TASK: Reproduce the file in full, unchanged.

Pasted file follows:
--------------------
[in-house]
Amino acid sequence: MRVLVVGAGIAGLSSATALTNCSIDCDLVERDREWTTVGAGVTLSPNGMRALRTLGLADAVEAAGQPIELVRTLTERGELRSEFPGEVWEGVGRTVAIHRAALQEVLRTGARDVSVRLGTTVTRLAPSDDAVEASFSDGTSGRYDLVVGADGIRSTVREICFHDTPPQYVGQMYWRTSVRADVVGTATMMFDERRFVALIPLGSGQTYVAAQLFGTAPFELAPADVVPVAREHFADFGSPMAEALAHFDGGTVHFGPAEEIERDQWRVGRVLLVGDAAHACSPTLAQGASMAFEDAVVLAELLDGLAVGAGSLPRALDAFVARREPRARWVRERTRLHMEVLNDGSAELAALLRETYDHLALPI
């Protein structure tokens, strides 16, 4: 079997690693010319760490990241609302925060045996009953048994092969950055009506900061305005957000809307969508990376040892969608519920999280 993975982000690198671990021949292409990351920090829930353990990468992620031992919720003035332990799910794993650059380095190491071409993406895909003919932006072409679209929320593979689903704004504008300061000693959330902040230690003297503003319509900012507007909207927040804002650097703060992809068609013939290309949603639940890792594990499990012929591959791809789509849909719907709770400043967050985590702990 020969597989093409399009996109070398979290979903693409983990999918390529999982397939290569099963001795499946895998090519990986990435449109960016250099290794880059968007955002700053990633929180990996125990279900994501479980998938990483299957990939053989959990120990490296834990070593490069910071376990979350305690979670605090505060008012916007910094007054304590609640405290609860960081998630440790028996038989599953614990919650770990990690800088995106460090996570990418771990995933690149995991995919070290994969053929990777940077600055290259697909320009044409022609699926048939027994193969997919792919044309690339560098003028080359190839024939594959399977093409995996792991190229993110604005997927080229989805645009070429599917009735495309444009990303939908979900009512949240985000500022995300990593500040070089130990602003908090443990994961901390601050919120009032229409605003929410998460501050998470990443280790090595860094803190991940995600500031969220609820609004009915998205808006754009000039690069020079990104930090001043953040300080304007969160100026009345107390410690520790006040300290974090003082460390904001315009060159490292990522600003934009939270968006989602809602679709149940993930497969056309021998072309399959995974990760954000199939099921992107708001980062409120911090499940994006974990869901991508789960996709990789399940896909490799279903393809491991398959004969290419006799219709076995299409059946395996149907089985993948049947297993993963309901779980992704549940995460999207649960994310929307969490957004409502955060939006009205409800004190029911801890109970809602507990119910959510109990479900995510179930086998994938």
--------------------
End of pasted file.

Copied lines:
[in-house]
Amino acid sequence: MRVLVVGAGIAGLSSATALTNCSIDCDLVERDREWTTVGAGVTLSPNGMRALRTLGLADAVEAAGQPIELVRTLTERGELRSEFPGEVWEGVGRTVAIHRAALQEVLRTGARDVSVRLGTTVTRLAPSDDAVEASFSDGTSGRYDLVVGADGIRSTVREICFHDTPPQYVGQMYWRTSVRADVVGTATMMFDERRFVALIPLGSGQTYVAAQLFGTAPFELAPADVVPVAREHFADFGSPMAEALAHFDGGTVHFGPAEEIERDQWRVGRVLLVGDAAHACSPTLAQGASMAFEDAVVLAELLDGLAVGAGSLPRALDAFVARREPRARWVRERTRLHMEVLNDGSAELAALLRETYDHLALPI
């Protein structure tokens, strides 16, 4: 079997690693010319760490990241609302925060045996009953048994092969950055009506900061305005957000809307969508990376040892969608519920999280 993975982000690198671990021949292409990351920090829930353990990468992620031992919720003035332990799910794993650059380095190491071409993406895909003919932006072409679209929320593979689903704004504008300061000693959330902040230690003297503003319509900012507007909207927040804002650097703060992809068609013939290309949603639940890792594990499990012929591959791809789509849909719907709770400043967050985590702990 020969597989093409399009996109070398979290979903693409983990999918390529999982397939290569099963001795499946895998090519990986990435449109960016250099290794880059968007955002700053990633929180990996125990279900994501479980998938990483299957990939053989959990120990490296834990070593490069910071376990979350305690979670605090505060008012916007910094007054304590609640405290609860960081998630440790028996038989599953614990919650770990990690800088995106460090996570990418771990995933690149995991995919070290994969053929990777940077600055290259697909320009044409022609699926048939027994193969997919792919044309690339560098003028080359190839024939594959399977093409995996792991190229993110604005997927080229989805645009070429599917009735495309444009990303939908979900009512949240985000500022995300990593500040070089130990602003908090443990994961901390601050919120009032229409605003929410998460501050998470990443280790090595860094803190991940995600500031969220609820609004009915998205808006754009000039690069020079990104930090001043953040300080304007969160100026009345107390410690520790006040300290974090003082460390904001315009060159490292990522600003934009939270968006989602809602679709149940993930497969056309021998072309399959995974990760954000199939099921992107708001980062409120911090499940994006974990869901991508789960996709990789399940896909490799279903393809491991398959004969290419006799219709076995299409059946395996149907089985993948049947297993993963309901779980992704549940995460999207649960994310929307969490957004409502955060939006009205409800004190029911801890109970809602507990119910959510109990479900995510179930086998994938």